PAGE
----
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Nakisha Hobbs, Roosevelt alumna and principal of her own, private school

Closing the Gap

Posted: 05/12/2014

By Laura Janota

From the Spring 2014 issue of the Roosevelt Review

When Nakisha Hobbs came to Roosevelt University in 2006, her goal was to develop skills and ideas for educating young children that she could apply as principal of her own private, independent school. Eight years later, the It Takes a Village pre-school that Hobbs started with her mother, a former Chicago Public School teacher, has 10 times its initial enrollment of 47, two spacious Chicago locations and a long waiting list of largely low-income youth, some as young as six weeks of age.

Young students at Village Leadership Academy

Hobbs, an advocate and practitioner of Roosevelt’s social justice mission, also has started a not-for-profit K-7 independent school in Chicago’s South Loop, the Village Leadership Academy (VLA), where she is principal. One of the first grade schools in the nation to provide students with a social justice-oriented education, VLA has an enrollment of 170 children, the majority of whom matriculate from Hobbs’ It Takes A Village pre-school system.

Hobbs credits her education and experiences at Roosevelt with helping her to develop a holistic independent school system, one of about 100 of its kind without religious affiliation in Illinois. Hobbs’ schools rely on tuition that is based upon what a family can afford, state and local grants and fundraising dollars as well as subsidies from the state of Illinois for low-income children, who make up about 80 percent of the system’s enrollment.

“My goal has been to create a program that empowers kids,” she said, “and Roosevelt University has given me the tools to make it happen.” Hobbs received her Master’s in Early Childhood Education from the University in 2008 when she was a member of a cohort of school administrators, primarily from the Chicago Public Schools. “What I learned at Roosevelt transformed our programs,” said Hobbs, who began immediately applying techniques, including working in small groups with children and focusing on each child’s progress individually, at It Takes a Village centers in Chicago’s Humboldt Park and in the South Loop at River City.

“Our schools are devoted to families and the community,” said Marquinta Thomas, director of the Humboldt Park location who received a bachelor’s degree in psychology from Roosevelt in 2008 and a master’s in early childhood education from the University in 2013. “We have a commitment to make our kids lifelong learners. You can see it in the curriculum and in the fact that most of the families who enroll kids here keep coming back.”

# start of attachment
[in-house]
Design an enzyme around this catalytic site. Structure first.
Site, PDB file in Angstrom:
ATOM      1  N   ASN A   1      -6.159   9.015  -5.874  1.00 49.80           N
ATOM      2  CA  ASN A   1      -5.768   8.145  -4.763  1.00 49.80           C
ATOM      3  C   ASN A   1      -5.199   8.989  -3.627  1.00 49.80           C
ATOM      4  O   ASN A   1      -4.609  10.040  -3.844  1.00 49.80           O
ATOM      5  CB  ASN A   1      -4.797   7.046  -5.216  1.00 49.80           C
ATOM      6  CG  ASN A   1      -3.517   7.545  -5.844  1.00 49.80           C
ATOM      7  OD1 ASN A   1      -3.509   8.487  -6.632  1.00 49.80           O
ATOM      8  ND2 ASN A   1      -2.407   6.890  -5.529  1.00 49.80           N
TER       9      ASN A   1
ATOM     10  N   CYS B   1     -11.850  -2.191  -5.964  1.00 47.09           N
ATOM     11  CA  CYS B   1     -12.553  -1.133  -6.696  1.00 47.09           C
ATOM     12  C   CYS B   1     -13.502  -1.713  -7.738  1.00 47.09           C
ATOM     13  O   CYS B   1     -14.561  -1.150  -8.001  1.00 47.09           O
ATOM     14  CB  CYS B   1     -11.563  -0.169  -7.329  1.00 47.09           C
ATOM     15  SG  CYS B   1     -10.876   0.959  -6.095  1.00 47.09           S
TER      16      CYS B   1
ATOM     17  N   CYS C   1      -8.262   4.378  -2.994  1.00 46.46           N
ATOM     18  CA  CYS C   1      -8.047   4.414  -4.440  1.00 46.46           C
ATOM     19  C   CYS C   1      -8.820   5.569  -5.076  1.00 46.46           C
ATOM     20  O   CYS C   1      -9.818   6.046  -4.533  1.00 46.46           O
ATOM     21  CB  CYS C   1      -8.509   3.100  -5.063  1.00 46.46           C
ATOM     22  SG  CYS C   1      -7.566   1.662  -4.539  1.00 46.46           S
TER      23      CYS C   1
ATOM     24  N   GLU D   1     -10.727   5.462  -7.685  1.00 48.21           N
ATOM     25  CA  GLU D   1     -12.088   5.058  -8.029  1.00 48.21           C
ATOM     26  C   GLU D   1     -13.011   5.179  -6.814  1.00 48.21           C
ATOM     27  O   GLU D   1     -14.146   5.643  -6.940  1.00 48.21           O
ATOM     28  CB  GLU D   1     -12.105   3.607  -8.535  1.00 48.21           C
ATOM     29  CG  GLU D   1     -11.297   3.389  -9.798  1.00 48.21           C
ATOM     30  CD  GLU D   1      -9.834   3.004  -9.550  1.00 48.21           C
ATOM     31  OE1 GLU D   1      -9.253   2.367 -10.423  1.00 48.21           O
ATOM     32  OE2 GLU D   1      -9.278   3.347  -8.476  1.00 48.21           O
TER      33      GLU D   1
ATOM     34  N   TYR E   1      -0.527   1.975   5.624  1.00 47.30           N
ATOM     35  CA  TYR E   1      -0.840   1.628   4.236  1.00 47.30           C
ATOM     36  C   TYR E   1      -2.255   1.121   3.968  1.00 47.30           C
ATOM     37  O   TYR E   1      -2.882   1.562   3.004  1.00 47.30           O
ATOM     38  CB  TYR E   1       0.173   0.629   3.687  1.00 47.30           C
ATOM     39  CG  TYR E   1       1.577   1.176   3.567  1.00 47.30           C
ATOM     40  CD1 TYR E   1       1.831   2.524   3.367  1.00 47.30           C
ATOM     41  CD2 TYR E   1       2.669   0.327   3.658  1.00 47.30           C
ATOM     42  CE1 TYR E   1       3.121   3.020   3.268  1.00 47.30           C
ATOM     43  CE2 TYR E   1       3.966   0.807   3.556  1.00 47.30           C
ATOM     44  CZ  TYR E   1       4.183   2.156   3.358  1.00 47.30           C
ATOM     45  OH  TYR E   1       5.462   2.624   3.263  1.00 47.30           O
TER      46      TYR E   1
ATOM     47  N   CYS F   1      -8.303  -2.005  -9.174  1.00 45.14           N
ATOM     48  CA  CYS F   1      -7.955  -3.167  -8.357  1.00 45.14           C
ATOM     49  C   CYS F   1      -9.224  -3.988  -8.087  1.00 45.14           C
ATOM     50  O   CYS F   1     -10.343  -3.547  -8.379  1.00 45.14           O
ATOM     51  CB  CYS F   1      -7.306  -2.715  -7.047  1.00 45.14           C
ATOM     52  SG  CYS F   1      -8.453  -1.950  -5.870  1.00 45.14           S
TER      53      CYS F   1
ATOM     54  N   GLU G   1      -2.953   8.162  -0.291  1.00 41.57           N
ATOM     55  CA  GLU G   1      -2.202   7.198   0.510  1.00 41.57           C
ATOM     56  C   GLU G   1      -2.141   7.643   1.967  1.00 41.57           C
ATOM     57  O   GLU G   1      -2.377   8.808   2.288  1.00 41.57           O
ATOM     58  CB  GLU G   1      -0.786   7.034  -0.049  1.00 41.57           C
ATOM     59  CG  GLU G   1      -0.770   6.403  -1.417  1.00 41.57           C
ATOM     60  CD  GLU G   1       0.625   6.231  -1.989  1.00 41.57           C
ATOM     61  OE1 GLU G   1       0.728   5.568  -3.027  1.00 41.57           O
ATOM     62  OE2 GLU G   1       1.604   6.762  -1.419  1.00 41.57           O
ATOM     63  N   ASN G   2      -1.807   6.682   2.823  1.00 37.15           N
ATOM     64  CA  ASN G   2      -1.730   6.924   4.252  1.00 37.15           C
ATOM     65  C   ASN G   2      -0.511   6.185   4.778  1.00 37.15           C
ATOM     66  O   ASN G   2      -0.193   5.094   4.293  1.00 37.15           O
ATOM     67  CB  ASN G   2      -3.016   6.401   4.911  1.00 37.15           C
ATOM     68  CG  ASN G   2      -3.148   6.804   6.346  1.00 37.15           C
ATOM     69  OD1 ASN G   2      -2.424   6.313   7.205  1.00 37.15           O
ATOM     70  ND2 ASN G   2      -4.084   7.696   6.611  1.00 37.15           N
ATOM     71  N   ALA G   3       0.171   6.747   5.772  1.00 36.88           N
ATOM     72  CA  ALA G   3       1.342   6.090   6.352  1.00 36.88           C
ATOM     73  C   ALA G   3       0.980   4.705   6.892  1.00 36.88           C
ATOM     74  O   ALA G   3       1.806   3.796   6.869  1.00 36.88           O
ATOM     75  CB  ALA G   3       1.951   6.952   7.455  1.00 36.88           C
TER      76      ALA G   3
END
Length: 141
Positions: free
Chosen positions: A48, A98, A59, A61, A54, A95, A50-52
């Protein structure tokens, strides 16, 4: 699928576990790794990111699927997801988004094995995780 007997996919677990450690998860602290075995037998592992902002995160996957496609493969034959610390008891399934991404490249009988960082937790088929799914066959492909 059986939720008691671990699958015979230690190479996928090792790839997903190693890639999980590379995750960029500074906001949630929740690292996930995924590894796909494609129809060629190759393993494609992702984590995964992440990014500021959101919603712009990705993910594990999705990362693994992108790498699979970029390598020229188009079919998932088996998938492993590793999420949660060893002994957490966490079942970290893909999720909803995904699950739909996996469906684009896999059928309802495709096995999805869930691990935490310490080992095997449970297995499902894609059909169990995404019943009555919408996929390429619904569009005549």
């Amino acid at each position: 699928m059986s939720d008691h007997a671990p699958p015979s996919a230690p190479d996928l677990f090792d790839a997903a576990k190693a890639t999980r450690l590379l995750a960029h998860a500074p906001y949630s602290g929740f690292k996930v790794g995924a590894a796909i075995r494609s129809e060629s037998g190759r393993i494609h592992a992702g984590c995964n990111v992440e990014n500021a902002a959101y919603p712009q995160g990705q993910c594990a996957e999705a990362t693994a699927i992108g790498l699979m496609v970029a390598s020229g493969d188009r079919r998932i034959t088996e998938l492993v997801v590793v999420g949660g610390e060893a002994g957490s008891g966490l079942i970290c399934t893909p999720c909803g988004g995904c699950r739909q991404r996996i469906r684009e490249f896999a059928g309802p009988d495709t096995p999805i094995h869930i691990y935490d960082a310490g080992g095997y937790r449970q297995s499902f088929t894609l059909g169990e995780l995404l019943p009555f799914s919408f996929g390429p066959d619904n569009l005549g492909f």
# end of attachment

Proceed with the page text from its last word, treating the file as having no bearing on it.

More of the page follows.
Fostering Student Success

The strategy at It Takes A Village involves starting early: The schools have classrooms with cribs for infants as young as six weeks old; children as young as three years of age are already learning how to read and write their own names; and by the time they get to kindergarten, many kids from the It Takes a Village program, on average, are at what the public schools would consider to be the first-grade level, and are frequently bumped up a grade level as a result.

Student Brandon WilkinsAlso, class sizes are small, an average of 16 students per class at It Takes a Village, which has an enrollment of 470 students. A little more than half of these students are African American, about a fifth are white, 15 percent are Latinos and 8 percent are Asians. The majority come from Chicago’s west side communities including Humboldt Park, Austin and East Garfield, though nearly half are from Chicago’s South Loop and neighboring communities. About 52 percent of these students hail from low-income families, while 48 percent come from middle-class households.

As for the VLA grade school, 70 percent of its students are African American, about a fifth are Latino, 5 percent are Asian, and 3 percent are white. The majority of these students and as many as 60 percent depend on financial aid and/or scholarships to attend the social justice grade school. On a daily basis, students at the school are learning about social problems, including strategies for tackling food deserts, domestic violence, community littering and the tendency for youngsters to drink too much soda pop, to name just a few community projects (see related story).